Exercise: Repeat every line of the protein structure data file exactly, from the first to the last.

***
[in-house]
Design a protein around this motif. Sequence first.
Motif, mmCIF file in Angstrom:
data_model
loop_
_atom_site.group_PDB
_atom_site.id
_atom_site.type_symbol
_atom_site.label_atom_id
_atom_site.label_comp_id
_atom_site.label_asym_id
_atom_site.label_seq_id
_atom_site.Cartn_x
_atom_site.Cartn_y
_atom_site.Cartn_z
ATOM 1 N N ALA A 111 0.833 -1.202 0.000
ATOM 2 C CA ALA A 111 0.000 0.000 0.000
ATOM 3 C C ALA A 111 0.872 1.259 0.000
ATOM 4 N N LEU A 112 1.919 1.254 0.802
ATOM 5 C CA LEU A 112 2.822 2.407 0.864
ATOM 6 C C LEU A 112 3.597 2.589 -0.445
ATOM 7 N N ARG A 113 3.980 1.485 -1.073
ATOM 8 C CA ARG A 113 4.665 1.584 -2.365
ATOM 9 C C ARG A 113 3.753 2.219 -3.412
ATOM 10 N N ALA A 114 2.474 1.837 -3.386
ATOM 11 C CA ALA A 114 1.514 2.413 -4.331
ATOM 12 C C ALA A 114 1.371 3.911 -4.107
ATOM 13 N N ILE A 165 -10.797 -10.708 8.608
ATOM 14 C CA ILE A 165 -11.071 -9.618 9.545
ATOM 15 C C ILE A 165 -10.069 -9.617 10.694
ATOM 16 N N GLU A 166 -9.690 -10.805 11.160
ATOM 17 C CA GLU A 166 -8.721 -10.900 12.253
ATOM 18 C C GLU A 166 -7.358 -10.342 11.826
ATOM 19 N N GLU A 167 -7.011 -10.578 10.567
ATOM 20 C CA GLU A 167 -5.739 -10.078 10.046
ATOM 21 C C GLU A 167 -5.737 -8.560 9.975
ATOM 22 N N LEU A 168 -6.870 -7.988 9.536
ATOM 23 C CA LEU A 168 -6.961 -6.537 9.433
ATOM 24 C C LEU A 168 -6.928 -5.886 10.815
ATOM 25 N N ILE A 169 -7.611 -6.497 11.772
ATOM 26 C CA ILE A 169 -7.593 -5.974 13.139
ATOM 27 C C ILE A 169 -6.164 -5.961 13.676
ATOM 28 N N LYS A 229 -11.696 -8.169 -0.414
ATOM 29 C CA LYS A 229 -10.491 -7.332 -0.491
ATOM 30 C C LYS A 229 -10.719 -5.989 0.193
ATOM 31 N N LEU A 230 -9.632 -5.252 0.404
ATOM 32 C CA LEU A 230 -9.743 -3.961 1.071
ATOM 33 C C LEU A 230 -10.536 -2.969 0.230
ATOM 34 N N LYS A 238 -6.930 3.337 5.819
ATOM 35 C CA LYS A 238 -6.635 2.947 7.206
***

[in-house]
Design a protein around this motif. Sequence first.
Motif, mmCIF file in Angstrom:
data_model
loop_
_atom_site.group_PDB
_atom_site.id
_atom_site.type_symbol
_atom_site.label_atom_id
_atom_site.label_comp_id
_atom_site.label_asym_id
_atom_site.label_seq_id
_atom_site.Cartn_x
_atom_site.Cartn_y
_atom_site.Cartn_z
ATOM 1 N N ALA A 111 0.833 -1.202 0.000
ATOM 2 C CA ALA A 111 0.000 0.000 0.000
ATOM 3 C C ALA A 111 0.872 1.259 0.000
ATOM 4 N N LEU A 112 1.919 1.254 0.802
ATOM 5 C CA LEU A 112 2.822 2.407 0.864
ATOM 6 C C LEU A 112 3.597 2.589 -0.445
ATOM 7 N N ARG A 113 3.980 1.485 -1.073
ATOM 8 C CA ARG A 113 4.665 1.584 -2.365
ATOM 9 C C ARG A 113 3.753 2.219 -3.412
ATOM 10 N N ALA A 114 2.474 1.837 -3.386
ATOM 11 C CA ALA A 114 1.514 2.413 -4.331
ATOM 12 C C ALA A 114 1.371 3.911 -4.107
ATOM 13 N N ILE A 165 -10.797 -10.708 8.608
ATOM 14 C CA ILE A 165 -11.071 -9.618 9.545
ATOM 15 C C ILE A 165 -10.069 -9.617 10.694
ATOM 16 N N GLU A 166 -9.690 -10.805 11.160
ATOM 17 C CA GLU A 166 -8.721 -10.900 12.253
ATOM 18 C C GLU A 166 -7.358 -10.342 11.826
ATOM 19 N N GLU A 167 -7.011 -10.578 10.567
ATOM 20 C CA GLU A 167 -5.739 -10.078 10.046
ATOM 21 C C GLU A 167 -5.737 -8.560 9.975
ATOM 22 N N LEU A 168 -6.870 -7.988 9.536
ATOM 23 C CA LEU A 168 -6.961 -6.537 9.433
ATOM 24 C C LEU A 168 -6.928 -5.886 10.815
ATOM 25 N N ILE A 169 -7.611 -6.497 11.772
ATOM 26 C CA ILE A 169 -7.593 -5.974 13.139
ATOM 27 C C ILE A 169 -6.164 -5.961 13.676
ATOM 28 N N LYS A 229 -11.696 -8.169 -0.414
ATOM 29 C CA LYS A 229 -10.491 -7.332 -0.491
ATOM 30 C C LYS A 229 -10.719 -5.989 0.193
ATOM 31 N N LEU A 230 -9.632 -5.252 0.404
ATOM 32 C CA LEU A 230 -9.743 -3.961 1.071
ATOM 33 C C LEU A 230 -10.536 -2.969 0.230
ATOM 34 N N LYS A 238 -6.930 3.337 5.819
ATOM 35 C CA LYS A 238 -6.635 2.947 7.206